A History of Saving Lives

I spent two enlightening afternoons at two of Boston’s more off-the-beaten-path museums: the Russell Museum of Medical History and Innovation and the Boston Fire Museum.

The Russell Museum gives a historical overview of Massachusetts General Hospital, or MGH, as we locals say. Founded in 1811, MGH is the third-oldest hospital in the U.S.

Russell Museum, Boston

 

 

 

 

 

 

 

 

It’s not a large museum, but the artifacts on display are interesting. There is everything from medical instruments from the 1800s to a virtual dissection table that a docent operates for visitors.

Medicine chest from the 1800s

 

 

Virtual dissection table

 

 

 

 

 

 

 

 

 

 

 

I learned that the hospital performed the first arm replantation in 1962, dental insurance didn’t exist in the U.S. until the 1950s, and researchers are studying Weddell seals—who can hold their breath for up to an hour when diving—to gain insight on how to help people with conditions associated with low tissue oxygen levels. I’m not big into science and medicine, but I found it fascinating. Definitely worth a visit.

I thought I would be in and out of the Boston Fire Museum in under an hour.

Boston Fire Museum

 

 

 

 

 

 

 

 

The museum is in one big room, which used to be an actual firehouse. When I arrived, there was a children’s birthday party going on, so I quietly strolled along and looked at a number of old fire engines, a display about the devastating Cocoanut Grove fire in 1942, and artifacts such as “clackers” used in colonial times to wake up sleeping families to alert them of a fire or other emergency.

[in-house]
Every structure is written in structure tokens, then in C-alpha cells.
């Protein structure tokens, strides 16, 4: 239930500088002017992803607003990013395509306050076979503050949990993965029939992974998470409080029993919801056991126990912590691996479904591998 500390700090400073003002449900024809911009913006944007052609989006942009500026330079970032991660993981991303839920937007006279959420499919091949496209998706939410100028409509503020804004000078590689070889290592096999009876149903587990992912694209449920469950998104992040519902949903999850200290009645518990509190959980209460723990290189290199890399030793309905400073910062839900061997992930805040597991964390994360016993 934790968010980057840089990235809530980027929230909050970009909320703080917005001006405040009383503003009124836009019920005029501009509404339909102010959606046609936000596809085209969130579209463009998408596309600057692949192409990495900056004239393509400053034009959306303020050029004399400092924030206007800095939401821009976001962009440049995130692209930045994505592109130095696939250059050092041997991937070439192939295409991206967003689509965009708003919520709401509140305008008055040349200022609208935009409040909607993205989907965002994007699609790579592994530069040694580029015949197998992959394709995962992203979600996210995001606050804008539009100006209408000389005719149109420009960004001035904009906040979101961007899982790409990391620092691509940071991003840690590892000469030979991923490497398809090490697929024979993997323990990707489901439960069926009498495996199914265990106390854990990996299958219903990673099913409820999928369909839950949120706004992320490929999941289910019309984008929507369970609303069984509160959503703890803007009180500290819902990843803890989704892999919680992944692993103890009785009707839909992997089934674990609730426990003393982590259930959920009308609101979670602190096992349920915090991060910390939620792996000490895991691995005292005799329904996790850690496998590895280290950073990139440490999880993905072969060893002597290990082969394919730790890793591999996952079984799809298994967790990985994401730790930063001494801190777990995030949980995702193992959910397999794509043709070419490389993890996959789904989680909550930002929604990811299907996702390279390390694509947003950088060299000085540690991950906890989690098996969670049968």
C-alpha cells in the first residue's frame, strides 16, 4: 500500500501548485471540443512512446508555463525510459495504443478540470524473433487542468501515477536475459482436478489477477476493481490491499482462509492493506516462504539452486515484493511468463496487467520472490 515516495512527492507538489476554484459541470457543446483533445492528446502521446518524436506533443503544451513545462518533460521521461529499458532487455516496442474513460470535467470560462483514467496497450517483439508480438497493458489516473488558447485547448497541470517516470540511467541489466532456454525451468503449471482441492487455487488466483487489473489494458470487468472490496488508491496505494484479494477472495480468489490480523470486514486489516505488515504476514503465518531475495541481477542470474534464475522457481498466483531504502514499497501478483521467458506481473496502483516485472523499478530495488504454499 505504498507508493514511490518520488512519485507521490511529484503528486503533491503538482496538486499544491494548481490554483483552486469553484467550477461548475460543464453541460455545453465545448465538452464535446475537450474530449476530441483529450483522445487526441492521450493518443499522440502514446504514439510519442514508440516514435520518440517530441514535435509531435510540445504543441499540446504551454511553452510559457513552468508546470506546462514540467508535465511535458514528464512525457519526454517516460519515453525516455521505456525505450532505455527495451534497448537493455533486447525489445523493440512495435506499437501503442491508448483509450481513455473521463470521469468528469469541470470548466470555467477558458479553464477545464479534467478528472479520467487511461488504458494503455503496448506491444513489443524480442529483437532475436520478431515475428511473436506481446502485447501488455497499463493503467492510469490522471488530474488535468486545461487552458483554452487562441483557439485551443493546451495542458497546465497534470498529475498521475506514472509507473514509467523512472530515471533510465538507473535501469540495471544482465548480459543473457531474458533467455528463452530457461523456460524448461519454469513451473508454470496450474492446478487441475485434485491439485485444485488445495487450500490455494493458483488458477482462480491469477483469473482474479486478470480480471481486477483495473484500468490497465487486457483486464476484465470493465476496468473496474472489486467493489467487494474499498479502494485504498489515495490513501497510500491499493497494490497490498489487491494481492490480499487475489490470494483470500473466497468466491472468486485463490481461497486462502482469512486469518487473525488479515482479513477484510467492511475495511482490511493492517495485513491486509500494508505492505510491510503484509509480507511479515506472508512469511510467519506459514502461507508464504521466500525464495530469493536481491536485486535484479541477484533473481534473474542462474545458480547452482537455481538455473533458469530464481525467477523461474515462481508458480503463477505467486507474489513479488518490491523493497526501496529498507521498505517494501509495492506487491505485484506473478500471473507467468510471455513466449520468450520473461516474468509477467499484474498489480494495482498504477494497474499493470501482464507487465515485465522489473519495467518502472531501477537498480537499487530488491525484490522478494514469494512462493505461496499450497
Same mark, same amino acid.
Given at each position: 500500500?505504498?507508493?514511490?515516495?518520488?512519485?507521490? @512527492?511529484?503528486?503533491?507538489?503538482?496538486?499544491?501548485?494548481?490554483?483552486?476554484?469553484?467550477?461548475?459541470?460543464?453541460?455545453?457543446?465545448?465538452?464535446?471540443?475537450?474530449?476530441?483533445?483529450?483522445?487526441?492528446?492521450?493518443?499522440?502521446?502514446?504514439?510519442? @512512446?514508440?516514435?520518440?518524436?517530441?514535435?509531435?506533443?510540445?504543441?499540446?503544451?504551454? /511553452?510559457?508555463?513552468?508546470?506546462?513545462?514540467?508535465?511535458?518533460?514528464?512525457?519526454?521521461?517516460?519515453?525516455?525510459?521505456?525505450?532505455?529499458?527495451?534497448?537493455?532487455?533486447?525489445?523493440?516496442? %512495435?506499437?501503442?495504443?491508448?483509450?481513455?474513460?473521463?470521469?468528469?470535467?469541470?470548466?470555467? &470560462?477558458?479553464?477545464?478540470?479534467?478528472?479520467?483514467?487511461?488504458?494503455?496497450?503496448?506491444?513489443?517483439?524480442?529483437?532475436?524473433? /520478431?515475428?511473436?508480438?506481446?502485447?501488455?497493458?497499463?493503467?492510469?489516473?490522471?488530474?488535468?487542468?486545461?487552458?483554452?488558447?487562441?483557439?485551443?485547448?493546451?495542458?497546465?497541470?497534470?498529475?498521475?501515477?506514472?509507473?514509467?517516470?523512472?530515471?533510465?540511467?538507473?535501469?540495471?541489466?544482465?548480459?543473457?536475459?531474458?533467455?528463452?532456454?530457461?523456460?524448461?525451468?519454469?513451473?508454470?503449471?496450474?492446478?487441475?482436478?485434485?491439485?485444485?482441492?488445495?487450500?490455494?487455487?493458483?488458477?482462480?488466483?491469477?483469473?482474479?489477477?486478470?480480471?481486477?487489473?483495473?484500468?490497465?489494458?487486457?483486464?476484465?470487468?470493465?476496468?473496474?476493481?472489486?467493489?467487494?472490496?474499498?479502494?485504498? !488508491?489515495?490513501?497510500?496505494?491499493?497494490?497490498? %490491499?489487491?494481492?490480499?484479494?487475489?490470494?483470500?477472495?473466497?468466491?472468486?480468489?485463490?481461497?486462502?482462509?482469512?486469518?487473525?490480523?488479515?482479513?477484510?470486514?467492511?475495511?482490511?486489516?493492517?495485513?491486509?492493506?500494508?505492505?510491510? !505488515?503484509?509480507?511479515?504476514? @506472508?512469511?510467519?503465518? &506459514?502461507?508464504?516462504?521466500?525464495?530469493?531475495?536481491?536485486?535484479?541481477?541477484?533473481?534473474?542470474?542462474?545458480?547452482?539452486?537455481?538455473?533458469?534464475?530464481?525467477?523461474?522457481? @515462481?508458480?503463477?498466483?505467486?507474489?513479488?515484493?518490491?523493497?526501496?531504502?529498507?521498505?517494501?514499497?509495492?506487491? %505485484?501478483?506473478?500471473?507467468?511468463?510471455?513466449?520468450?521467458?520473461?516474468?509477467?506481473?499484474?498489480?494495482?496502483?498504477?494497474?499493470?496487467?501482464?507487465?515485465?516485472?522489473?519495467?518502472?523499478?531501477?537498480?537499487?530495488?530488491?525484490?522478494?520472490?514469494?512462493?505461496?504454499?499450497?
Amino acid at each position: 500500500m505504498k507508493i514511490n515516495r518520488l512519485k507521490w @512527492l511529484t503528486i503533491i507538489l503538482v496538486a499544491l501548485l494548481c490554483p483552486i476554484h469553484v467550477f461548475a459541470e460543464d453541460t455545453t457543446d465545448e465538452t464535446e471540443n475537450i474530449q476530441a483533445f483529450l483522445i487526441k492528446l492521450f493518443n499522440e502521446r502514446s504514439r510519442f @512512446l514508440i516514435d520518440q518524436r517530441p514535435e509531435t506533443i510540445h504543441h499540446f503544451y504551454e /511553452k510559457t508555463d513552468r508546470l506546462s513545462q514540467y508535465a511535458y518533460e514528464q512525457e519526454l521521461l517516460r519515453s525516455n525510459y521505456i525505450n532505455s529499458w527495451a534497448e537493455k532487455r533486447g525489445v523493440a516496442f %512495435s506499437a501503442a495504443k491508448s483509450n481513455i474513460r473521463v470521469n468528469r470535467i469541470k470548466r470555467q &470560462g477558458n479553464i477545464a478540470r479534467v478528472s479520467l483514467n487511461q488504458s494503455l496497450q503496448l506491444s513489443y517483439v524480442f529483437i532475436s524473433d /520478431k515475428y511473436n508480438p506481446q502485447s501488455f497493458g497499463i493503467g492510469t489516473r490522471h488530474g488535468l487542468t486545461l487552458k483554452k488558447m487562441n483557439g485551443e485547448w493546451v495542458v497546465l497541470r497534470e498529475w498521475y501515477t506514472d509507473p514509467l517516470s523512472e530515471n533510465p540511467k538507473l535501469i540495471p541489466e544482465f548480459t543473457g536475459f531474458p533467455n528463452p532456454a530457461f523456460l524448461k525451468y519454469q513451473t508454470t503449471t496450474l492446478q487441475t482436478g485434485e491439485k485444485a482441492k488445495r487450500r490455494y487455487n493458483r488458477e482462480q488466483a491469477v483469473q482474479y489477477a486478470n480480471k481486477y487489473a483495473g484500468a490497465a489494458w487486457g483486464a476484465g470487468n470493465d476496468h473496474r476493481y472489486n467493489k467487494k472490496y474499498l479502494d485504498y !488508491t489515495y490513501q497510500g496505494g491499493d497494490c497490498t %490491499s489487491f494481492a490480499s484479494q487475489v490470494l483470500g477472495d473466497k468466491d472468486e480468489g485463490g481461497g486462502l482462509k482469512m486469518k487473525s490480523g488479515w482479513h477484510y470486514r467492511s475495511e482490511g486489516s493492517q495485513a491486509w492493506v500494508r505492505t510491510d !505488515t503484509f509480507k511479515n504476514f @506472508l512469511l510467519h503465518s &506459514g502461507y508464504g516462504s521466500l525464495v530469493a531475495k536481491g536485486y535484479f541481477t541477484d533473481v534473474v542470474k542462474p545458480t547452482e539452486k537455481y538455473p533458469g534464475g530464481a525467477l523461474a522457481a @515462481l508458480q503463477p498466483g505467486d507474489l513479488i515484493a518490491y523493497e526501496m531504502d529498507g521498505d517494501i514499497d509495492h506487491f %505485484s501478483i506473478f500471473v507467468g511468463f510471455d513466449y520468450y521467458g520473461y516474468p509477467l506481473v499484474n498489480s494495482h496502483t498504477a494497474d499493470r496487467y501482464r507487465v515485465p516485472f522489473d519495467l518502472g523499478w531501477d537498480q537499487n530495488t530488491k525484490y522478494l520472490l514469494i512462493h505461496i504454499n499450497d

I had just finished looking at a black-and-white photo of a firefighter emerging from a house fire on a Boston street. The photo was taken in the 1960s; I forget the rank of the firefighter, but he was pretty high up. His lungs were severely damaged during the fire, but he survived. The photo caption also said his three sons were firefighters.

Cue an older gentleman in a red volunteer shirt approaching from stage right, pointing at the photo and saying, “That’s my father.”

Paul and I ended up talking for TWO HOURS. This is what happens when you pair a curious person with a person who exudes passion for his life’s work. He gave me a rundown of his firefighting career. He explained the alarm bell system and all of the different symbols on the helmets that were hanging from the ceiling. Being an animal person, I had to ask him about the horses who used to pull the engines (there was a stable in the back of the firehouse/museum). I’ve always respected firefighters, but my respect reached a new level that day. And it was just a joy to talk with someone who was so dedicated to his career.